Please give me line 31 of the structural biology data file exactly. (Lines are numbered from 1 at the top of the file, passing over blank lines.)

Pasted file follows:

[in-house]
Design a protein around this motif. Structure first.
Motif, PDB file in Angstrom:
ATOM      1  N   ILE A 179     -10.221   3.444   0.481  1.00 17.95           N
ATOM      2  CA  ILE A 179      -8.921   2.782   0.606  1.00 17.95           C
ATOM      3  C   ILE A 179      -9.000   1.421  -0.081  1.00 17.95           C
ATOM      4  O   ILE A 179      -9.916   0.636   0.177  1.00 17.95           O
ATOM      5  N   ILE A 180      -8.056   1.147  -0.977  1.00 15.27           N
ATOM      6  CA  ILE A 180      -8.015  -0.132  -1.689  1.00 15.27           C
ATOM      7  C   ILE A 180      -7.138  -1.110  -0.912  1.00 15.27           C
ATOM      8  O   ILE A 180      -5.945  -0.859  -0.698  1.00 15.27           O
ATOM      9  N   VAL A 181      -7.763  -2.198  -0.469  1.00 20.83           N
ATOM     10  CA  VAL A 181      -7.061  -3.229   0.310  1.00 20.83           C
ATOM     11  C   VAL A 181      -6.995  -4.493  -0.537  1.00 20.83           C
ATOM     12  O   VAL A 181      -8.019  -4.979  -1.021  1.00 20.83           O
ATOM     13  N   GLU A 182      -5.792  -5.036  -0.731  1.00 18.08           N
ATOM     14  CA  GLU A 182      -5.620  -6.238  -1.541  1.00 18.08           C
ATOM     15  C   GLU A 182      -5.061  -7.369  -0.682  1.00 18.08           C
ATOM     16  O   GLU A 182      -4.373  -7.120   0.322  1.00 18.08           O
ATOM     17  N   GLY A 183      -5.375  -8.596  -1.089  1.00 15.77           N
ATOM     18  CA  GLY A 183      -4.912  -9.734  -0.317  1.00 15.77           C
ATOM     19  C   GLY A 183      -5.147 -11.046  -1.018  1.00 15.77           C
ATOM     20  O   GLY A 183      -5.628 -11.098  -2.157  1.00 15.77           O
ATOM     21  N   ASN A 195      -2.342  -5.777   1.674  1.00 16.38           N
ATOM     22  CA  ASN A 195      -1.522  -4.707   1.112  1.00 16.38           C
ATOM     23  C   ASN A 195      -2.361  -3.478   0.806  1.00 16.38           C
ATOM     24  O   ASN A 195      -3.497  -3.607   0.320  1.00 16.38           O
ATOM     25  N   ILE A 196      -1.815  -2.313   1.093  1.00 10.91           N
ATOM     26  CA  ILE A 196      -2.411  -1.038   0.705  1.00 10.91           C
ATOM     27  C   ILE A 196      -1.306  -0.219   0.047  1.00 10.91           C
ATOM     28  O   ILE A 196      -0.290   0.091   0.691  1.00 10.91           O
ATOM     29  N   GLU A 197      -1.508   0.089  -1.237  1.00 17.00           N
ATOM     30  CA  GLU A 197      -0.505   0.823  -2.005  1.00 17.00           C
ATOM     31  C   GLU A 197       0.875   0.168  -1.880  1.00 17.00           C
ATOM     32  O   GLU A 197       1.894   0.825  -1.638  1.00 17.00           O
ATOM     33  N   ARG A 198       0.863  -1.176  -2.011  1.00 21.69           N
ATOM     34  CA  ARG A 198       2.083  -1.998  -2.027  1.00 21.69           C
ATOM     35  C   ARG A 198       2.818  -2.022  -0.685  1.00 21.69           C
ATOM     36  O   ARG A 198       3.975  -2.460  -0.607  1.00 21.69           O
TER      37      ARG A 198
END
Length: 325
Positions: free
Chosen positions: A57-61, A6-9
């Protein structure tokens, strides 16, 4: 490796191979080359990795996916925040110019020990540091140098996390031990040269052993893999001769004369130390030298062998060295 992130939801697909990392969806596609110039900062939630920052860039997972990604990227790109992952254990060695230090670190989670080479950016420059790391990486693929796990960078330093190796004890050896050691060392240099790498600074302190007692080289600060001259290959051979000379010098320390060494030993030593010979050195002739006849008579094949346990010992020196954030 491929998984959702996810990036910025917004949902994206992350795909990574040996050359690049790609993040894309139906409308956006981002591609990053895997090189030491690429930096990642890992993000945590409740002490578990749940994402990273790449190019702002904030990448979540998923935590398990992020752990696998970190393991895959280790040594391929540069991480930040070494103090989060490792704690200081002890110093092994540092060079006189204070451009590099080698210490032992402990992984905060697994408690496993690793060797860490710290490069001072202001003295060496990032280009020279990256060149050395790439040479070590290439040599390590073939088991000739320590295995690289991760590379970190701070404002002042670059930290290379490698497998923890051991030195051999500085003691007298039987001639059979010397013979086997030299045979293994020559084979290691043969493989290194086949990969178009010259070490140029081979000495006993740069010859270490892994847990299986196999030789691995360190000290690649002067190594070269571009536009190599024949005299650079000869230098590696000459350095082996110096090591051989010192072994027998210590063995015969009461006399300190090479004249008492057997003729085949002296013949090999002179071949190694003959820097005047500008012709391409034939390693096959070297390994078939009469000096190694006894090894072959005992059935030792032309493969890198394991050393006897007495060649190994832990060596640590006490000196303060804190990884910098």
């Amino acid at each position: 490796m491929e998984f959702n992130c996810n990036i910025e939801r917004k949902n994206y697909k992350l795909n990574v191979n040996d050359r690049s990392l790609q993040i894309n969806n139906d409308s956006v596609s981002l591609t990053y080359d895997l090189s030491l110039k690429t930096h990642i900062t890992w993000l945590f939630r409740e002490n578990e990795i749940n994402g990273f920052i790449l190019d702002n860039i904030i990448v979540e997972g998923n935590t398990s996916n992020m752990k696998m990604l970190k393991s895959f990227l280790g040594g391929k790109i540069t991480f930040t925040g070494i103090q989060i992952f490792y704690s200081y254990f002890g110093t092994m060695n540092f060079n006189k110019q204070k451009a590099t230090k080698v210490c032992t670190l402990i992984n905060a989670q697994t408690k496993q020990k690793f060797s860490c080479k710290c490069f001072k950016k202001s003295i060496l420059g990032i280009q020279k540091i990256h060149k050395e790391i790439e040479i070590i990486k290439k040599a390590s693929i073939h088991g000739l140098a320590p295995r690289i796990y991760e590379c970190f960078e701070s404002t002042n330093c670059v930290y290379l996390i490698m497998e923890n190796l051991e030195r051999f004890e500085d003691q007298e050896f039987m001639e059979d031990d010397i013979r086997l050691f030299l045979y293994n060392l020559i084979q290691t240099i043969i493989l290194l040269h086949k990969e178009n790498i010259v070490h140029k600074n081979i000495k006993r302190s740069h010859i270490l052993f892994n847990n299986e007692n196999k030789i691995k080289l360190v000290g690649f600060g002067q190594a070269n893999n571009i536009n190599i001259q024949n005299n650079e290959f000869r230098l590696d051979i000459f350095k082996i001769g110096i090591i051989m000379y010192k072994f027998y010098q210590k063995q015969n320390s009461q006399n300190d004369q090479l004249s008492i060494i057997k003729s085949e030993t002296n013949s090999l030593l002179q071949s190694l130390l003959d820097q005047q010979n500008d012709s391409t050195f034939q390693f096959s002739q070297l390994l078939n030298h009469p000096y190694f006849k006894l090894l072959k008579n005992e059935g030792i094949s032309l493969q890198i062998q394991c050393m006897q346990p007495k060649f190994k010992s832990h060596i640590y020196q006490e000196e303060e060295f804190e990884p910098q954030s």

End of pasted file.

ATOM     28  O   ILE A 196      -0.290   0.091   0.691  1.00 10.91           O